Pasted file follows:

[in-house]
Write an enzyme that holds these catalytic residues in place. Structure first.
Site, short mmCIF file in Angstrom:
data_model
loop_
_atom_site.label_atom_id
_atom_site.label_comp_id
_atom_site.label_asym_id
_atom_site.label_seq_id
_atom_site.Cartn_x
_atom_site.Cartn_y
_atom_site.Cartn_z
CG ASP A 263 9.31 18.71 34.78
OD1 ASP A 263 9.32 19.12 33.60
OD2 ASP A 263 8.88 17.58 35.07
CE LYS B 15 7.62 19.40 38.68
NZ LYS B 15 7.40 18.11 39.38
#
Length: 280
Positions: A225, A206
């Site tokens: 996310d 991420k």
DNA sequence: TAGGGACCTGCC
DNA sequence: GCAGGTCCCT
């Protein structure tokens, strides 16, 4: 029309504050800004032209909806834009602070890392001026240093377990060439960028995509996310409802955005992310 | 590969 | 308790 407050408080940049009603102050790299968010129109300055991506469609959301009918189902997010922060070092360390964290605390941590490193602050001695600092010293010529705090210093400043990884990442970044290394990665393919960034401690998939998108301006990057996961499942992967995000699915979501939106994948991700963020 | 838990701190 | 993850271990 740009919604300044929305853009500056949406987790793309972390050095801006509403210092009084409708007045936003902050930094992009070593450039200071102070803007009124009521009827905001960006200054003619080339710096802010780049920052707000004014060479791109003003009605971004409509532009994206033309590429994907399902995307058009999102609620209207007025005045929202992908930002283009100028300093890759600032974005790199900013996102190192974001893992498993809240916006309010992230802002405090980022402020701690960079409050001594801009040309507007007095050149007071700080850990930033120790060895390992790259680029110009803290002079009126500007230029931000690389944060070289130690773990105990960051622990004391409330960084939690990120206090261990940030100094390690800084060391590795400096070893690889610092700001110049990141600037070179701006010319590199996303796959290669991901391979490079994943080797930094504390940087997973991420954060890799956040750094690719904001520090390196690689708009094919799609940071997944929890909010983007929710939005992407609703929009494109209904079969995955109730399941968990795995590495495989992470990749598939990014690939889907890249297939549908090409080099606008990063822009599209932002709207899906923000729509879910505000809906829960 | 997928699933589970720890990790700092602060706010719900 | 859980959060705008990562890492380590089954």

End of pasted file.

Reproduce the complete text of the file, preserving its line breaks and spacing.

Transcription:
[in-house]
Write an enzyme that holds these catalytic residues in place. Structure first.
Site, short mmCIF file in Angstrom:
data_model
loop_
_atom_site.label_atom_id
_atom_site.label_comp_id
_atom_site.label_asym_id
_atom_site.label_seq_id
_atom_site.Cartn_x
_atom_site.Cartn_y
_atom_site.Cartn_z
CG ASP A 263 9.31 18.71 34.78
OD1 ASP A 263 9.32 19.12 33.60
OD2 ASP A 263 8.88 17.58 35.07
CE LYS B 15 7.62 19.40 38.68
NZ LYS B 15 7.40 18.11 39.38
#
Length: 280
Positions: A225, A206
């Site tokens: 996310d 991420k």
DNA sequence: TAGGGACCTGCC
DNA sequence: GCAGGTCCCT
């Protein structure tokens, strides 16, 4: 029309504050800004032209909806834009602070890392001026240093377990060439960028995509996310409802955005992310 | 590969 | 308790 407050408080940049009603102050790299968010129109300055991506469609959301009918189902997010922060070092360390964290605390941590490193602050001695600092010293010529705090210093400043990884990442970044290394990665393919960034401690998939998108301006990057996961499942992967995000699915979501939106994948991700963020 | 838990701190 | 993850271990 740009919604300044929305853009500056949406987790793309972390050095801006509403210092009084409708007045936003902050930094992009070593450039200071102070803007009124009521009827905001960006200054003619080339710096802010780049920052707000004014060479791109003003009605971004409509532009994206033309590429994907399902995307058009999102609620209207007025005045929202992908930002283009100028300093890759600032974005790199900013996102190192974001893992498993809240916006309010992230802002405090980022402020701690960079409050001594801009040309507007007095050149007071700080850990930033120790060895390992790259680029110009803290002079009126500007230029931000690389944060070289130690773990105990960051622990004391409330960084939690990120206090261990940030100094390690800084060391590795400096070893690889610092700001110049990141600037070179701006010319590199996303796959290669991901391979490079994943080797930094504390940087997973991420954060890799956040750094690719904001520090390196690689708009094919799609940071997944929890909010983007929710939005992407609703929009494109209904079969995955109730399941968990795995590495495989992470990749598939990014690939889907890249297939549908090409080099606008990063822009599209932002709207899906923000729509879910505000809906829960 | 997928699933589970720890990790700092602060706010719900 | 859980959060705008990562890492380590089954």